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  • Writer's pictureKen Kowach

The Great Outdoors: Fishing out meaning through belonging

Remember when we were kids, how much we loved to spend time outside? The world was our oyster. We were like Calvin and Hobbes, where we could imagine just about anything, even limited to the space of just our backyard.



And then many of us grew up and forgot about “The Great Outdoors”. (not the movie)


Lately, though, I have been able to have a lot more flexibility with my time due to the pandemic of course… and with that additional time, I have spent some of it rekindling something in my life that has allowed me to re-experience “The Great Outdoors”. (again, not the movie)


Fishing.


I love it. There’s just something about it. And that’s what I’m fixing to talk about today.


 

Bottom Line Up Front


Fishing is an excellent outdoor activity. It provides a deep immersion and connection to the world around us, likened to a spiritual experience of sorts.


This immersion provides the angler with a sense of meaning and purpose through belonging, since the outdoors, in nature, as it is naturally, is where humans ought to be.

 

Preface


I have the benefit of living in a town that has seven different lakes sprinkled throughout it. Only town residents and their guests are able to have access to these waters, so I am certainly blessed.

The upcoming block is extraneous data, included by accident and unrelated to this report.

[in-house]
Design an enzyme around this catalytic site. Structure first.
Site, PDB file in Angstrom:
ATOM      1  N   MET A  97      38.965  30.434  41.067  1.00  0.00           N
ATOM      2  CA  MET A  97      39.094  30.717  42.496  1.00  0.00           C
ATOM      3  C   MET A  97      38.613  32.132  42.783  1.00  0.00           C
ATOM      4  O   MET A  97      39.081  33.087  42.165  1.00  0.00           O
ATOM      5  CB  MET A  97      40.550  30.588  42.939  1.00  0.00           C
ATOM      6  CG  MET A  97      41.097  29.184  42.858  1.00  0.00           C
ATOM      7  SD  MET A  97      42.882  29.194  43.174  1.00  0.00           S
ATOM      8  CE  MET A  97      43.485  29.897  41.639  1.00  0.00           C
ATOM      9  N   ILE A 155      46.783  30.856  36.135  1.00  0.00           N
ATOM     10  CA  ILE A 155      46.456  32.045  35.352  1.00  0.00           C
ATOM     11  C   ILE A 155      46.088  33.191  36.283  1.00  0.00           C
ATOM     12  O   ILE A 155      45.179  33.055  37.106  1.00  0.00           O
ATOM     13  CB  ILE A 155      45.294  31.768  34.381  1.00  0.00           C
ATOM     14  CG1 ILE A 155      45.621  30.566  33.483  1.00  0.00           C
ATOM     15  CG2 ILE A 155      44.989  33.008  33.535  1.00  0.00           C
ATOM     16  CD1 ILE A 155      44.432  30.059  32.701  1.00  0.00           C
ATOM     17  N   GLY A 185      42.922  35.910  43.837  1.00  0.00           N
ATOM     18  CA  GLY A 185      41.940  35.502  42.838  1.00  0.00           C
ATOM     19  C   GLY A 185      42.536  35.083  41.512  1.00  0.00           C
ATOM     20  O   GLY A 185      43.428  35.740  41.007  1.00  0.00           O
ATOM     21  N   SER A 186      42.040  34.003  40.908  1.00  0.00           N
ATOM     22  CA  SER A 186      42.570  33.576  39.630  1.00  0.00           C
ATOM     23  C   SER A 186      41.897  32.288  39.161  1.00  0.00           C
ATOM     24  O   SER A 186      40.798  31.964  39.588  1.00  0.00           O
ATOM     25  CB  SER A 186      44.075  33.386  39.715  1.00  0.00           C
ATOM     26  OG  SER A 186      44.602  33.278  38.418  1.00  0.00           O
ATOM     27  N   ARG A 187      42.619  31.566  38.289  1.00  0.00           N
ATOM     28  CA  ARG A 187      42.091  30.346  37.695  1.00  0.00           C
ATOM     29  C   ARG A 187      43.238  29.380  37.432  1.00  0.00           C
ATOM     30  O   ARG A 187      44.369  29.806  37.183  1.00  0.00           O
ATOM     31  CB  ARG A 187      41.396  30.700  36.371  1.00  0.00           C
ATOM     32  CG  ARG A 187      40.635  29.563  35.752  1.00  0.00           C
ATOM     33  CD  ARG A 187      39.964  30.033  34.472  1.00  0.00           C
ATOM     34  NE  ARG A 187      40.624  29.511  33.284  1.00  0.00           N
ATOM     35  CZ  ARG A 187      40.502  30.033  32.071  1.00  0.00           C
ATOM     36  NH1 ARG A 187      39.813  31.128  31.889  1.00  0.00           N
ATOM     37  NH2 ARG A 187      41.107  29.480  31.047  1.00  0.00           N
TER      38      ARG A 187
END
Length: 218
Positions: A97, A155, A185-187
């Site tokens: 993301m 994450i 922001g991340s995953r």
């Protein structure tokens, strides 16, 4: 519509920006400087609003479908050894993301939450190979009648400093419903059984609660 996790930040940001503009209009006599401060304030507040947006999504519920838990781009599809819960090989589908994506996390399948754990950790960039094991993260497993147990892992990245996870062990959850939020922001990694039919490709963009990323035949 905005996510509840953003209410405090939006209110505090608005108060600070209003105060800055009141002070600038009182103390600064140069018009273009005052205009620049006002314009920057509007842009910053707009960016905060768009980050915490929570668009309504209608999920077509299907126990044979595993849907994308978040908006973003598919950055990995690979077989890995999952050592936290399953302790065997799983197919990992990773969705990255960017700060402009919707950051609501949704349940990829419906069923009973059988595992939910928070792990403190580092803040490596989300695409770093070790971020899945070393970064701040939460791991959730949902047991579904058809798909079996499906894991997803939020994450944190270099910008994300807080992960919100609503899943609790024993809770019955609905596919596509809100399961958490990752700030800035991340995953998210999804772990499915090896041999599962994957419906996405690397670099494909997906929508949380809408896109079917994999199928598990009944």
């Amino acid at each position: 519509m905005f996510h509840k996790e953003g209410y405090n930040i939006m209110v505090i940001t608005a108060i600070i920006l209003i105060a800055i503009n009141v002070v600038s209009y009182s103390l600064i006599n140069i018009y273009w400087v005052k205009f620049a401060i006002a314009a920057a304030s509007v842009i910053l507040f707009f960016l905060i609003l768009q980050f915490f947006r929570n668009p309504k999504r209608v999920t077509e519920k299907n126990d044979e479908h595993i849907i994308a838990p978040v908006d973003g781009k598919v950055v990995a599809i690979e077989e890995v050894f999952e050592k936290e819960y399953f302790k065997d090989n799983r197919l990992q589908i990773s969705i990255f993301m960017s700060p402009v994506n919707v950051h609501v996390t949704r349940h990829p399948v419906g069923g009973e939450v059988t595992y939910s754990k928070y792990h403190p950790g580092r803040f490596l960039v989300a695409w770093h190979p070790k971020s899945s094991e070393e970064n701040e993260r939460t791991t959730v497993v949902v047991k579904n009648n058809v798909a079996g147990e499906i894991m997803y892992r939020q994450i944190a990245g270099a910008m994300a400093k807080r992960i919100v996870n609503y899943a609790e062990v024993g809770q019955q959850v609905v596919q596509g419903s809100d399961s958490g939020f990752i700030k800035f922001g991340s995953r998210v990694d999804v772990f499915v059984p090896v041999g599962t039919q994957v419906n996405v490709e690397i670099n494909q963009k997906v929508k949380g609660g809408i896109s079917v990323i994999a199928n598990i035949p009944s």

There were a couple of forces that pushed me to fall in love with fishing recently, but I would say primarily it was because of the pandemic. It wasn’t only because I had so much time on my hands (since I am told to stay home for the time being), but more so because I found myself finishing projects, and then… running out of projects (actually money to fund those projects) around the house.


And then came the terrible two-year-old that still lives inside of me.


Being home all the time, cooped up indoors, was a recipe for disaster. I became a growing powder keg, day after day.

mind explosion

Legitimately, I was driving my wife insane and she needed me to get out of the house (get away from her). She could tell I was going crazy and I primarily chalk it up to me not having purpose or meaning in a functional role around the house, and that is a difficult transition to make when my purpose has been leaving the home most days and working to provide for the family.


Something odd happened. I started fishing, but that isn't the odd part. I realized how happy I was, even to be alone, and that was the odd part.